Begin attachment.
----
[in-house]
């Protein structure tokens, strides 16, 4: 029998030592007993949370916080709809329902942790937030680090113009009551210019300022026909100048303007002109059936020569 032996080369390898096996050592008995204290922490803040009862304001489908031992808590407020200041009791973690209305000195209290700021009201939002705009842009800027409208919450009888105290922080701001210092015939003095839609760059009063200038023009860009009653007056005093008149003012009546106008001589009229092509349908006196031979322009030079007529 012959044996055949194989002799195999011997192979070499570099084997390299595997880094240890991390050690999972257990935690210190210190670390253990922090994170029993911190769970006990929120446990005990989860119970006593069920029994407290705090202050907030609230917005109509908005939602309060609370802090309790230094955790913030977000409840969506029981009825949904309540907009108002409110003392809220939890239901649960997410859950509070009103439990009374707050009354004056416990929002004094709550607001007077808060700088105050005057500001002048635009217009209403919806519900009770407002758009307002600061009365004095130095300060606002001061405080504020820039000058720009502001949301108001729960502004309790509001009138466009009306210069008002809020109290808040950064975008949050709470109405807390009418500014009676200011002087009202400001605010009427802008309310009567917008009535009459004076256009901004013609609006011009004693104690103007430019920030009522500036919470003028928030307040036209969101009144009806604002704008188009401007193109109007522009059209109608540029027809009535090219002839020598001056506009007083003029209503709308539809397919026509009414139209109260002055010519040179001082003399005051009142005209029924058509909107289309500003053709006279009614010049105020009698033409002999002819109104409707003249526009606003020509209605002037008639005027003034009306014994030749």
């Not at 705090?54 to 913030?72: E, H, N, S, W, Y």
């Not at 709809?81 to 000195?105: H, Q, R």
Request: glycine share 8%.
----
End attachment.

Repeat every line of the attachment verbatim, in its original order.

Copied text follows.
[in-house]
């Protein structure tokens, strides 16, 4: 029998030592007993949370916080709809329902942790937030680090113009009551210019300022026909100048303007002109059936020569 032996080369390898096996050592008995204290922490803040009862304001489908031992808590407020200041009791973690209305000195209290700021009201939002705009842009800027409208919450009888105290922080701001210092015939003095839609760059009063200038023009860009009653007056005093008149003012009546106008001589009229092509349908006196031979322009030079007529 012959044996055949194989002799195999011997192979070499570099084997390299595997880094240890991390050690999972257990935690210190210190670390253990922090994170029993911190769970006990929120446990005990989860119970006593069920029994407290705090202050907030609230917005109509908005939602309060609370802090309790230094955790913030977000409840969506029981009825949904309540907009108002409110003392809220939890239901649960997410859950509070009103439990009374707050009354004056416990929002004094709550607001007077808060700088105050005057500001002048635009217009209403919806519900009770407002758009307002600061009365004095130095300060606002001061405080504020820039000058720009502001949301108001729960502004309790509001009138466009009306210069008002809020109290808040950064975008949050709470109405807390009418500014009676200011002087009202400001605010009427802008309310009567917008009535009459004076256009901004013609609006011009004693104690103007430019920030009522500036919470003028928030307040036209969101009144009806604002704008188009401007193109109007522009059209109608540029027809009535090219002839020598001056506009007083003029209503709308539809397919026509009414139209109260002055010519040179001082003399005051009142005209029924058509909107289309500003053709006279009614010049105020009698033409002999002819109104409707003249526009606003020509209605002037008639005027003034009306014994030749």
């Not at 705090?54 to 913030?72: E, H, N, S, W, Y």
């Not at 709809?81 to 000195?105: H, Q, R």
Request: glycine share 8%.